My little one enjoyed running through the lights best of all and is looking forward to returning with her sister so that they can do it together.
We had a lost child incident whilst we were there and would just like to commend the staff for the efficient way that this was dealt with. The child had wandered from the cafe to the main exhibit area. When staff observed that he was without an adult, 4 members of staff kept in close contact without approaching him directly, so as not to alarm him. When reporting the lost child the reception staff immediately alerted all the other staff and the child was found .
On a practical level there are a number of baby change areas and buggy parks throughout and a picnic area where you can sit and eat your own food. The cafe has its own small play area so the children can play whilst you have a coffee break. Parking is on the expensive side but park and ride or public transport are an option.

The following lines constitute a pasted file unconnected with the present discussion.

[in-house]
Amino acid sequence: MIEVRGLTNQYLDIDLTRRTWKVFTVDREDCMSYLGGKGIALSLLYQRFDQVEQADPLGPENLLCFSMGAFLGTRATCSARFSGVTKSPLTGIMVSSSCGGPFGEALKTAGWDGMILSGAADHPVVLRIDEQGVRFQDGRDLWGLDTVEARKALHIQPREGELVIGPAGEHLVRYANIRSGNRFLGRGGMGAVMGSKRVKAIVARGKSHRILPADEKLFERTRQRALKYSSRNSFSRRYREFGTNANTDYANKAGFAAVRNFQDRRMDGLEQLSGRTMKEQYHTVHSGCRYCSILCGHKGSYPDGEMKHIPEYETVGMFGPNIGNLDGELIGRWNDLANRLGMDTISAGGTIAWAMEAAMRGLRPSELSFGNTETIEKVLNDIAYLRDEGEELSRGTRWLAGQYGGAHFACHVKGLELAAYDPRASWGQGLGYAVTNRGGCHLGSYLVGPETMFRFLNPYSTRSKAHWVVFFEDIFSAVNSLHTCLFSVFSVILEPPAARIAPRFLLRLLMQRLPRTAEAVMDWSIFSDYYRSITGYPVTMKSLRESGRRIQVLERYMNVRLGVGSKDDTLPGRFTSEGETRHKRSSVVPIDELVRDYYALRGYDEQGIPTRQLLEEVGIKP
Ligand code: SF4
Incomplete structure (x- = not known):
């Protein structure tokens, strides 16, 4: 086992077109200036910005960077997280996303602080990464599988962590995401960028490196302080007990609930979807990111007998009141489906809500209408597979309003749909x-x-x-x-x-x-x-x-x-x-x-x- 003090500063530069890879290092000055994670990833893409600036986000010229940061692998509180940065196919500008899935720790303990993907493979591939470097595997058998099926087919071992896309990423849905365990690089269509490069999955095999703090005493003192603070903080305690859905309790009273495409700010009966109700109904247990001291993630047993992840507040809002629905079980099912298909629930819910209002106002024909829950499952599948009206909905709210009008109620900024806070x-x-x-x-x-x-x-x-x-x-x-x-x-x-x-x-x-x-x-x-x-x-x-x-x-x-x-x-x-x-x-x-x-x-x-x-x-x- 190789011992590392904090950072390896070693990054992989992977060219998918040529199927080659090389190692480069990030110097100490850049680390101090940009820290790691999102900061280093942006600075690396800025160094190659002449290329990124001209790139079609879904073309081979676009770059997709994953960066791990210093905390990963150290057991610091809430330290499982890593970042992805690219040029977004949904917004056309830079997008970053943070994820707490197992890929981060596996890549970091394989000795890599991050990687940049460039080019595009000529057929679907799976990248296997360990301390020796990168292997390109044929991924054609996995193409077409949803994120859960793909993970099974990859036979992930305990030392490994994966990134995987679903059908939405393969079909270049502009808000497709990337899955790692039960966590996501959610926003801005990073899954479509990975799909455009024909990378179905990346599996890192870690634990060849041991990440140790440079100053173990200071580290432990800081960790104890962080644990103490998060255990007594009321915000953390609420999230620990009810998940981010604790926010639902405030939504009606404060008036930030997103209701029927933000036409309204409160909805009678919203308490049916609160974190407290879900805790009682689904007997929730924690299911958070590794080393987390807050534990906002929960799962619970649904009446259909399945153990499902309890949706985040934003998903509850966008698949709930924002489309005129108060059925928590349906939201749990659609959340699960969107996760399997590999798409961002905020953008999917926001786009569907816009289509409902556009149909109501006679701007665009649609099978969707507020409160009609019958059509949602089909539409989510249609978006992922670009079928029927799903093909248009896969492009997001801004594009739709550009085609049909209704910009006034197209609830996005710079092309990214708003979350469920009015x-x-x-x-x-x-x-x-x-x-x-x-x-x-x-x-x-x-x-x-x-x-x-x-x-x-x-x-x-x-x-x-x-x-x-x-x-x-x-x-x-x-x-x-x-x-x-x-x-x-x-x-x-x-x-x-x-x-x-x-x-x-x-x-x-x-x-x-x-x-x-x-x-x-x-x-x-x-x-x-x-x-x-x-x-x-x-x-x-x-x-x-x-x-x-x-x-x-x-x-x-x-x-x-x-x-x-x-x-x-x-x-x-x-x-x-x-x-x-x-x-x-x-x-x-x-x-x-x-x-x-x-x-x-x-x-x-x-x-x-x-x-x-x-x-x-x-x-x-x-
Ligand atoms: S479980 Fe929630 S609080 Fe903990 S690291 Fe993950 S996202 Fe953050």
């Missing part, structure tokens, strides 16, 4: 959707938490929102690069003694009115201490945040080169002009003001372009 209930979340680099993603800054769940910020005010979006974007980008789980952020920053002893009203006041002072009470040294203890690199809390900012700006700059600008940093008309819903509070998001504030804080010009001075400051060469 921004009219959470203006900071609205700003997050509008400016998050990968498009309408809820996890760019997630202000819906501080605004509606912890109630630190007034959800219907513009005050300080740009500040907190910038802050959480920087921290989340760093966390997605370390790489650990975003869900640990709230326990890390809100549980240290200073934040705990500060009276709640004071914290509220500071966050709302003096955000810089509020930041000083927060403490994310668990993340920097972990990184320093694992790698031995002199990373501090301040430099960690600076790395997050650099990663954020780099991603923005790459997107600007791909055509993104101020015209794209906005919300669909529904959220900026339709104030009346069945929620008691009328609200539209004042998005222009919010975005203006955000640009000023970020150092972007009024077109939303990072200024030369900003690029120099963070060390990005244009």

As an added bonus to the day out, outside At-Bristol there are a number of water features that on sunny days become a great place for children to splash about in.
My only real suggestion for improvement is that there could have been better signage from outside that the event was going on . I’ll definitely be recommending this to my friends and am looking forward to the next one.
At-Bristol is also a great place to visit with older children too, my 7 year old wants to go tomorrow and is disappointed that she couldn’t come with us today. ‘I want to play with the fake snow’ she said when she found that it was only available for the toddler session.
I know it’s a bit sad but I was very excited to hear this news. Firstly, I am a huge fan of Sesame Street – my mum often attributed my intelligence to the fact that she watched Sesame Street whilst carrying me. Secondly no more shouting ‘Get out of the way’ when my youngest tries to join in with Kinect games because this one will be aimed at her. When we got our Kinect for Christmas I thought it would save all the arguments over controllers and my 2 year olds inability to handle them properly, but so far there hasn’t really been able to join in. She has played bowling with some success and manages some of the games on Kinectimals but I do feel that she is a little young for these. So Hooray, finally a game aimed at pre-schoolers and with Sesame Street behind it I trust that it will be good.